Reforming Hungarian agricultural trade policy: A quantitative evaluation
The authors quantitatively assess the consequences of Hungary for three types of policies: removing quantitative import restraints in agriculture, both for all of agriculture and for each of five separate agricultural products; removing the export subsidy program in agriculture; and adopting a European Community type common agricultural policy (CAP) system in Hungary. The authors estimate the consequences of all policies by using a small open economy computable general equilibrium model for Hungary, calibrated to the year 1990. They estimate the tariff equivalent of the import licenses through a detailed study of price comparisons, the first of itskind for Hungary. Imposing a CAP system they find, would be a costly step backward for Hungary, especially as the long run trend in Hungarian agricultural policy has been toward less intervention and more reliance on the market. A CAP system would significantly increase the government's fiscal problems. Import protection and export subsidies are costly, inefficient policies. The most important policy conclusion they contend, has to do with the piecemeal sequencing of reforms in the presence of both export subsidies and import licenses. Removing import licenses while export subsidies remain would generate byproduct distortions in the export market and little gain in welfare. The piecemeal removal of export subsidies, however, would not generate byproduct distortion, so substantial gains could be expected - but at the expense of greater adjustment costs. To facilitate understanding of this commonly used type of general equilibrium model, the authors explain the results by using supply and demand style graphs of the agricultural sector.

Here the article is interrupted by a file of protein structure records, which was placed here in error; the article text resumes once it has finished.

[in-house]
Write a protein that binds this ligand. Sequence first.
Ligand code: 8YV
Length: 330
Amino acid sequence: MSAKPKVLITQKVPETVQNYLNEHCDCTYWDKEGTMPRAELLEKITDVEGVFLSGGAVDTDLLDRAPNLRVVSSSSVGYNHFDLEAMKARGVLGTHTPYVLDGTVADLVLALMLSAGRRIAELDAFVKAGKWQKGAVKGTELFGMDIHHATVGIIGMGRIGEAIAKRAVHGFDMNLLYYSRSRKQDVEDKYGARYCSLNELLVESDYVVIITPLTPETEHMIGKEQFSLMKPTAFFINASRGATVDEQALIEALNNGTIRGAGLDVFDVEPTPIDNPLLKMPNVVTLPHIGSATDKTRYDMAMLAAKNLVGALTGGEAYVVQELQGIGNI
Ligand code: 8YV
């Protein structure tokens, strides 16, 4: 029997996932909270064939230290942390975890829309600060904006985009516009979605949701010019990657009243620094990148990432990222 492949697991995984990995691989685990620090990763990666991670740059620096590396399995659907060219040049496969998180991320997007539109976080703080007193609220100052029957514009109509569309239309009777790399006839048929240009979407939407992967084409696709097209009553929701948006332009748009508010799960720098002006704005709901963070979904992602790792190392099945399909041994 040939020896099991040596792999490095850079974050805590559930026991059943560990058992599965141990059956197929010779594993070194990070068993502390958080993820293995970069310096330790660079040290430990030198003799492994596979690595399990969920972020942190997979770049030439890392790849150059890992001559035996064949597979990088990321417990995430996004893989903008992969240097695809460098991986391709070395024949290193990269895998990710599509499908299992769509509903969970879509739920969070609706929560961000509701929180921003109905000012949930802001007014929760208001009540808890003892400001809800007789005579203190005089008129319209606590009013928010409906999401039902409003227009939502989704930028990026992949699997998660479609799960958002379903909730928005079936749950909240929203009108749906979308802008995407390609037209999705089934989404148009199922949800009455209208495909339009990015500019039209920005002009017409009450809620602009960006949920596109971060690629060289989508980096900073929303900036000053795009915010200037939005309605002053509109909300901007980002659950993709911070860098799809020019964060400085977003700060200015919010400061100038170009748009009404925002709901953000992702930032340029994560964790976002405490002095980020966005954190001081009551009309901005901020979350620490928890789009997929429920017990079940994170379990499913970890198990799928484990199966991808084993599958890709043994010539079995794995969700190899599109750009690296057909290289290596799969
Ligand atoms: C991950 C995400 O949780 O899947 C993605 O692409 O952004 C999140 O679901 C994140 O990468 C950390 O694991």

(This abstract was borrowed from another version of this item.)
If you experience problems downloading a file, check if you have the proper application to view it first. In case of further problems read the IDEAS help page. Note that these files are not on the IDEAS site. Please be patient as the files may be large.
As the access to this document is restricted, you may want to look for a different version under "Related research" (further below) or search for a different version of it.
Volume (Year): 131 (1995)
Issue (Month): 1 (March)
|Contact details of provider:|| Postal: |
Phone: +49 431 8814-1
Fax: +49 431 8814528
Web page: http://link.springer.de/link/service/journals/10290/index.htm
More information through EDIRC
|Order Information:||Web: http://link.springer.de/orders.htm|
References listed on IDEAS
Please report citation or reference errors to , or , if you are the registered author of the cited work, log in to your RePEc Author Service profile, click on "citations" and make appropriate adjustments.:
- Trela, Irene & Whalley, John & Wigle, Randall, 1987. " International Trade in Grains: Domestic Policies and Trade Impacts," Scandinavian Journal of Economics, Wiley Blackwell, vol. 89(3), pages 271-83.